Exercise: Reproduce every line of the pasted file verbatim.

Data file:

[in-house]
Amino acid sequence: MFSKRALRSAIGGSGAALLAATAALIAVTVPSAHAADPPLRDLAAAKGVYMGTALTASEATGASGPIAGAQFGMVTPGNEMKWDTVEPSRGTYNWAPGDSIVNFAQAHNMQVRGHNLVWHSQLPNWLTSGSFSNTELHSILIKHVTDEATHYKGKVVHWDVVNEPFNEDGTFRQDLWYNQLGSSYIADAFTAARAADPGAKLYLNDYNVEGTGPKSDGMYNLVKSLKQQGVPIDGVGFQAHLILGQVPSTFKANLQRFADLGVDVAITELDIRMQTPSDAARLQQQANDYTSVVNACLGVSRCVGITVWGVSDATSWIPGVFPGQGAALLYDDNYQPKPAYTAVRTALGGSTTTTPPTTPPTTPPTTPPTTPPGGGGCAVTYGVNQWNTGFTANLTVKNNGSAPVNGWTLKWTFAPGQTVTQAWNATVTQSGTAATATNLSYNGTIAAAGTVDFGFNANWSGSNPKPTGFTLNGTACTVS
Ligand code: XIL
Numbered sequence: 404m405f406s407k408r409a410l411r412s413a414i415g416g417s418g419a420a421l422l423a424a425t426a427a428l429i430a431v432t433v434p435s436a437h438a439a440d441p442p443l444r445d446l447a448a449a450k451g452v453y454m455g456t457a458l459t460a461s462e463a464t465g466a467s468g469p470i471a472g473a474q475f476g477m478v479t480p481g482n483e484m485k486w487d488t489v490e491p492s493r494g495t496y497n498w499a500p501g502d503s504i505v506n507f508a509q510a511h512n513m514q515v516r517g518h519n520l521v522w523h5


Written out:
[in-house]
Amino acid sequence: MFSKRALRSAIGGSGAALLAATAALIAVTVPSAHAADPPLRDLAAAKGVYMGTALTASEATGASGPIAGAQFGMVTPGNEMKWDTVEPSRGTYNWAPGDSIVNFAQAHNMQVRGHNLVWHSQLPNWLTSGSFSNTELHSILIKHVTDEATHYKGKVVHWDVVNEPFNEDGTFRQDLWYNQLGSSYIADAFTAARAADPGAKLYLNDYNVEGTGPKSDGMYNLVKSLKQQGVPIDGVGFQAHLILGQVPSTFKANLQRFADLGVDVAITELDIRMQTPSDAARLQQQANDYTSVVNACLGVSRCVGITVWGVSDATSWIPGVFPGQGAALLYDDNYQPKPAYTAVRTALGGSTTTTPPTTPPTTPPTTPPTTPPGGGGCAVTYGVNQWNTGFTANLTVKNNGSAPVNGWTLKWTFAPGQTVTQAWNATVTQSGTAATATNLSYNGTIAAAGTVDFGFNANWSGSNPKPTGFTLNGTACTVS
Ligand code: XIL
Numbered sequence: 404m405f406s407k408r409a410l411r412s413a414i415g416g417s418g419a420a421l422l423a424a425t426a427a428l429i430a431v432t433v434p435s436a437h438a439a440d441p442p443l444r445d446l447a448a449a450k451g452v453y454m455g456t457a458l459t460a461s462e463a464t465g466a467s468g469p470i471a472g473a474q475f476g477m478v479t480p481g482n483e484m485k486w487d488t489v490e491p492s493r494g495t496y497n498w499a500p501g502d503s504i505v506n507f508a509q510a511h512n513m514q515v516r517g518h519n520l521v522w523h5